JWK: What finally led you to take your literal journey into the dark and how did your family feel about it?
AZ: Winter is always tough for me, but the winter of 2014 was too much altogether. That was the year of the polar vortex, the coldest winter in a generation, and my depression felt unrelenting. I felt like I was treading water, and the things I was grabbing on to keep from drowning were completely unreliable. I was drinking too much. I was having a hard time getting out of bed.
I went because I felt desperate. I went because I felt like I was going to blow up my life if I stayed. I think on some level I went because that was what we always used to do when we needed to “reignite” our faith: leave. Go on a “retreat.” Get to the light.
My kids had no idea what was going on. They were so little. My husband, who is familiar with wanderlust, was on board. I don’t think either of us knew really what the trip was about when I set out, only that I needed to take it. And Andrew has always been solidly in my corner – even when I’m a little crazy.
JWK: How long did the trip last?
AZ: Two weeks, about 3000 miles, 30-some McDonalds cheeseburgers, and 8ish gallons of Diet Coke.
JWK: What did you learn about yourself — and about God?
AZ: Do you really want me to ruin the book for everyone? Come on now. I will say this: I did not find God where I thought I would. But I did find God.
JWK: How about your kids? What to you think they learned from it?
AZ: My kids were too young at the time to really understand what was going on, and I don’t know that they’ll even remember the trip. But if they read this book someday down the road, I hope that they see the love. It was unconventional and cliché all at the same time – this winter trip to Florida – but I hope that they see that underneath it was an act of hope and courage and love for them – and for myself.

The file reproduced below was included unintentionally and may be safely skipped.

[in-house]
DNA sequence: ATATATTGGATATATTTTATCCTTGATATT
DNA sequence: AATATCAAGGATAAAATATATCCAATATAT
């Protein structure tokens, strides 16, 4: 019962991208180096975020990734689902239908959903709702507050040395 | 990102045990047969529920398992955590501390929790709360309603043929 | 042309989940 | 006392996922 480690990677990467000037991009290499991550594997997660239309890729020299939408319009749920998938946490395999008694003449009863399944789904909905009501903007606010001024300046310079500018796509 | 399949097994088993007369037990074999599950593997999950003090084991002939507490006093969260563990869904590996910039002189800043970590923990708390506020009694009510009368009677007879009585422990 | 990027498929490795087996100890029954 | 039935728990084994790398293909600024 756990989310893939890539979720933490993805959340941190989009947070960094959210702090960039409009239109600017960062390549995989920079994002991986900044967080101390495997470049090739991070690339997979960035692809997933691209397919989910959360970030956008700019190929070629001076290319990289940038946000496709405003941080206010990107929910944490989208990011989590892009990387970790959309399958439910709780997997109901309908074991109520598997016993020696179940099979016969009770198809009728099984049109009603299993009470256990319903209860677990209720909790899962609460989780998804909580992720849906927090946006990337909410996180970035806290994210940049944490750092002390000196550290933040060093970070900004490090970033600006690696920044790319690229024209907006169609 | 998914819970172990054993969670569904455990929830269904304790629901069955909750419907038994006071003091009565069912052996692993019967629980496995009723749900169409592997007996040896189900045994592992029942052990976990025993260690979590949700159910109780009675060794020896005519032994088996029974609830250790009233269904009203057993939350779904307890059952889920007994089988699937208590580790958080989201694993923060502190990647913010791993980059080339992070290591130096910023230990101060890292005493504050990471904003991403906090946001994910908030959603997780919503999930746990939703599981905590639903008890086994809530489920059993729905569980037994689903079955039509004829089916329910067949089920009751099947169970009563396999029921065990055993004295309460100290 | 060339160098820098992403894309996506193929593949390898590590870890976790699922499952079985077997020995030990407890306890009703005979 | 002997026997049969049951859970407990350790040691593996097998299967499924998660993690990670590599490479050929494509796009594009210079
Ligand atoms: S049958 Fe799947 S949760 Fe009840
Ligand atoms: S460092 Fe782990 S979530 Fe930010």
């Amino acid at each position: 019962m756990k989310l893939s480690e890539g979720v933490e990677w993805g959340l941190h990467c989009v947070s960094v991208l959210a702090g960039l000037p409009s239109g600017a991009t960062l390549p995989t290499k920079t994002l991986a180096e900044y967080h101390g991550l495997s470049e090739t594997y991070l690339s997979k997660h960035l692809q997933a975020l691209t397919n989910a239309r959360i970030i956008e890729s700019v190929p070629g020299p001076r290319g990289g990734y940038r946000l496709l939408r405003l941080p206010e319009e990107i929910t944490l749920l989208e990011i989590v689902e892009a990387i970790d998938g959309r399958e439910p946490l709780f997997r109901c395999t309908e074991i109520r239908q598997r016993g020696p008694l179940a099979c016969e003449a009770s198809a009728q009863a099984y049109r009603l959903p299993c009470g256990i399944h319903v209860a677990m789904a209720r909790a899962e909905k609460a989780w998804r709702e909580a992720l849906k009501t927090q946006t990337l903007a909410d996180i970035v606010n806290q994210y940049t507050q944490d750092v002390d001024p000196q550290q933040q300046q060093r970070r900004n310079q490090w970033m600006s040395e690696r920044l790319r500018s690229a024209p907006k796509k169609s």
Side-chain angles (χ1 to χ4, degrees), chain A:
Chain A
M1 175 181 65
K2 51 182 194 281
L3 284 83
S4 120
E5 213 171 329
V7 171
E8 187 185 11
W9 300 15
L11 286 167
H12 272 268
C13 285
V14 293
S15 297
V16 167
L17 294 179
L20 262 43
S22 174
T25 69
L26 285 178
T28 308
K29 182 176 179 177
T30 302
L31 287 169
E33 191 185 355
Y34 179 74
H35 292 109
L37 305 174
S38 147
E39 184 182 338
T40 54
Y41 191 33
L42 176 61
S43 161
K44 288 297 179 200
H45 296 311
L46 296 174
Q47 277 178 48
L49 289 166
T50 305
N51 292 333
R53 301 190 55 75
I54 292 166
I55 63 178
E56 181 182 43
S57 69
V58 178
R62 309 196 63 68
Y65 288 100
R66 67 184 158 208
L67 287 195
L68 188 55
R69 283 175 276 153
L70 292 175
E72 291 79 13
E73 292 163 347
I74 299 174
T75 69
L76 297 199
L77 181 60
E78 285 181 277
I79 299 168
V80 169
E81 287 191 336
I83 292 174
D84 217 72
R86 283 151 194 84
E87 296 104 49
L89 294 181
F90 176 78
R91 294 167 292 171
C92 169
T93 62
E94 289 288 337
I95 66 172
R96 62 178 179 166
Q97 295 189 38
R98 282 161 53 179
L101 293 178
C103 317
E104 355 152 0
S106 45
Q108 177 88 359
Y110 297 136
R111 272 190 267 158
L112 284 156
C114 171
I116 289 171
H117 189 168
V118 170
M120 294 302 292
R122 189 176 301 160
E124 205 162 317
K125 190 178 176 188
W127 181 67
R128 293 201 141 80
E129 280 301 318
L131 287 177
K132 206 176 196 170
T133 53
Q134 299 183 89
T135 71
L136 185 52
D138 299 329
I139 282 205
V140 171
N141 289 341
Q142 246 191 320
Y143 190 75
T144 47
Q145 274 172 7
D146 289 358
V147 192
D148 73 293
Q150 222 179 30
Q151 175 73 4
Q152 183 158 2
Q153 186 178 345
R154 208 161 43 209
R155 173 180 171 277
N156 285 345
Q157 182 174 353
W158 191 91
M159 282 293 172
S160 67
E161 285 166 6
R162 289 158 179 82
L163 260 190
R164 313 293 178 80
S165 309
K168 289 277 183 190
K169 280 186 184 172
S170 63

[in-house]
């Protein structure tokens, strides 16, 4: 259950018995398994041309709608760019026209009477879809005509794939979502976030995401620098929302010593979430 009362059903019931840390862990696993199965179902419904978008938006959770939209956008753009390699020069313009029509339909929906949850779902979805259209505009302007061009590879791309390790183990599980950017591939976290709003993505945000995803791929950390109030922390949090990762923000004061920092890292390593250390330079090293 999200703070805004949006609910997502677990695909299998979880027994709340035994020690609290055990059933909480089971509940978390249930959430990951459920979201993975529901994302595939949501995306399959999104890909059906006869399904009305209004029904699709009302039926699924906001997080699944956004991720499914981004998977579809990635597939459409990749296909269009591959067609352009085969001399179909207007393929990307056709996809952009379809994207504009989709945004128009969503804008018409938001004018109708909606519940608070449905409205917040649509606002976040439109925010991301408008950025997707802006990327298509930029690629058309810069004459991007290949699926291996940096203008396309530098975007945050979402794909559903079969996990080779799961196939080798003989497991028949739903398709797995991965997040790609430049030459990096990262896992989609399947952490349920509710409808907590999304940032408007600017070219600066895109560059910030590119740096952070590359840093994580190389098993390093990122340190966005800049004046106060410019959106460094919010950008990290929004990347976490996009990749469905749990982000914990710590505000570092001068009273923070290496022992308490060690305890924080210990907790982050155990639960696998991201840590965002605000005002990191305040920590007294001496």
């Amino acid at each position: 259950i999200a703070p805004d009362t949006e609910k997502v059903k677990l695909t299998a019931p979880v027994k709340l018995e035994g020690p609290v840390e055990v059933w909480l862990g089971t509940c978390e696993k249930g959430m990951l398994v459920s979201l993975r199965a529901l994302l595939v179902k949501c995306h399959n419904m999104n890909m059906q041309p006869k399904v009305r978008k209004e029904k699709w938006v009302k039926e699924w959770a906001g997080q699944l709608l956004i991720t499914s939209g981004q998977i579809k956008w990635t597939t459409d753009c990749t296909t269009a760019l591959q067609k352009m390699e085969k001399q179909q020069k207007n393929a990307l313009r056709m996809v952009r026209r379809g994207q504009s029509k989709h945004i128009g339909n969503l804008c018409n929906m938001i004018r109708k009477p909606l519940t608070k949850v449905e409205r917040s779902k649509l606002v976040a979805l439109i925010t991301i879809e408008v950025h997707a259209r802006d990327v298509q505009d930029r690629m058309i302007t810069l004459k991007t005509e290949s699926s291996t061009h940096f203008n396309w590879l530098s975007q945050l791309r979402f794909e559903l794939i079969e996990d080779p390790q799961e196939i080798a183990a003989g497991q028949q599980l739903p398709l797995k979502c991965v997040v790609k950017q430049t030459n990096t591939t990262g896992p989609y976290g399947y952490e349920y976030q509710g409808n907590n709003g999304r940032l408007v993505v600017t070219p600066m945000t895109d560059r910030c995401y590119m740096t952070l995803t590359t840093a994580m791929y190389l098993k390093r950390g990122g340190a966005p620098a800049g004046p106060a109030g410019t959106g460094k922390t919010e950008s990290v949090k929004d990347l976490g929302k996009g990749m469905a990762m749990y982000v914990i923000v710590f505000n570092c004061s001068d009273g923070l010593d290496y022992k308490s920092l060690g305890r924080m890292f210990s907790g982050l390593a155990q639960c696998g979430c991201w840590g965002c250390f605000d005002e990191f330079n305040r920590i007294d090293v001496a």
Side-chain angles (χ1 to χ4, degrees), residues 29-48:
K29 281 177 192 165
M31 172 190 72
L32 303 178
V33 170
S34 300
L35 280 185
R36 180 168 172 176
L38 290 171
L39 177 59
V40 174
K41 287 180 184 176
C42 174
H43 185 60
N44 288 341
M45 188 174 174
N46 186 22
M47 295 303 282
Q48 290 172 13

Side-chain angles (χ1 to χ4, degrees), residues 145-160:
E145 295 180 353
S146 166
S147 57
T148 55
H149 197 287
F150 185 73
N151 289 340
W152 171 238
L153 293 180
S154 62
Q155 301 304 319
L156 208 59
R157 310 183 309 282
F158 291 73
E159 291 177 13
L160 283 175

Darkness is a regular part of anyone’s life. It comes as surely as the winter season, as day and night. I hope that by telling the truth about what that looks like for me, the mistakes I’ve made trying to quell it, and the small ways I’ve made peace with it, my sons will learn that they don’t have to be afraid of the dark. That God is there too.
JWK: What do you think readers take from your story?
AZ: I hope that in telling my story, readers will feel less alone in theirs. I hope that those who have been scrambling to try to reignite a dimming faith will be able to stop, let go of sunny faith fictions, and to believe that there is space in faith for both light and darkness.
JWK: I could see a nice movie coming out of your book. What do you think?
AZ: It could make a nice indie flick, I think. Only16 people would watch it…but it would have great music
Who could you see playing you?
AZ: Kristen Bell. It’s below her pay grade, but she would do it for love, like she did the Veronica Mars movie.
JWK: What are you working on now?
AZ: Right now I’m doing my best to usher this book out into the world. I continue to blog at addiezierman.com. I’m also writing at Off the Page once a month – a Dear-Sugar-inspired advice column on questions of faith…which has been challenging and energizing in all the best ways.
Writing Night Driving was a consuming, intense process, and I’m looking forward to spending a little time resting, reading, and thinking about what comes next.
John W. Kennedy is a writer/development consultant specializing in teleplays, screenplays and novelizations. He can be reached at firstname.lastname@example.org.
Encourage one another and build each other up – 1 Thessalonians 5:11